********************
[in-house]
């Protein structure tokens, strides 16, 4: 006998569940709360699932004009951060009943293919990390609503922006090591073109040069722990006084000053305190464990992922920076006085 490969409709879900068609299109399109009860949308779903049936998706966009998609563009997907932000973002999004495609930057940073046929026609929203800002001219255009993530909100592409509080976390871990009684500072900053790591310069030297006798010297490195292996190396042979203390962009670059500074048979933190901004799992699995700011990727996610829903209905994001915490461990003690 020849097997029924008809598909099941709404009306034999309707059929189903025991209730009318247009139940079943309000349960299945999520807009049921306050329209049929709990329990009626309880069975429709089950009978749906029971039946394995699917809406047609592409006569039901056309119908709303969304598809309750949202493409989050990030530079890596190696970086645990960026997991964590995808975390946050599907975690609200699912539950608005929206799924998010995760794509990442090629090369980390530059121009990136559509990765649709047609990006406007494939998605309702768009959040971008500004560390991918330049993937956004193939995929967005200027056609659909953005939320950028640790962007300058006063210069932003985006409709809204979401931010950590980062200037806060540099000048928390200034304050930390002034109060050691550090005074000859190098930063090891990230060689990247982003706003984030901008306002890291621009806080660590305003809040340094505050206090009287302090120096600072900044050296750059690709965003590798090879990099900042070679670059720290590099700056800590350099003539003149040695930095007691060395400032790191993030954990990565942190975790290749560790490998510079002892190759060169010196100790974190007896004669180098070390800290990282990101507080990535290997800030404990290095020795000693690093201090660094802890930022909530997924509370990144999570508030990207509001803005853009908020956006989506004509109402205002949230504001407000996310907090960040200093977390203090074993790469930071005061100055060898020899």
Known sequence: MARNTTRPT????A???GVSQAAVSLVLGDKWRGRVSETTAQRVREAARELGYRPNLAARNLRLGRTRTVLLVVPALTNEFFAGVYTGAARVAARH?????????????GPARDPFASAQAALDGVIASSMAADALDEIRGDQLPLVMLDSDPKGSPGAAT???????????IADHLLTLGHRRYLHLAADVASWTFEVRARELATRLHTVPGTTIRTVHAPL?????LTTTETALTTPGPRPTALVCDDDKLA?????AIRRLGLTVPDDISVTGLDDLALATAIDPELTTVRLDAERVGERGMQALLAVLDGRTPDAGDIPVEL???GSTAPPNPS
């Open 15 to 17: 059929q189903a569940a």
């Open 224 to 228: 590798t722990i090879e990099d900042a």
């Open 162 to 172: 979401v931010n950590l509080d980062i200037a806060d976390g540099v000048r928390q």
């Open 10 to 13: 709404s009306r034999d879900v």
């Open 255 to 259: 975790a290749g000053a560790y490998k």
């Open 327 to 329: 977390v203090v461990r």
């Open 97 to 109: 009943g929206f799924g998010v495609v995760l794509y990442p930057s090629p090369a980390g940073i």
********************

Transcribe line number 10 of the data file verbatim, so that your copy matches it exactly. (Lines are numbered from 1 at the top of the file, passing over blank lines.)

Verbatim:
């Open 97 to 109: 009943g929206f799924g998010v495609v995760l794509y990442p930057s090629p090369a980390g940073i």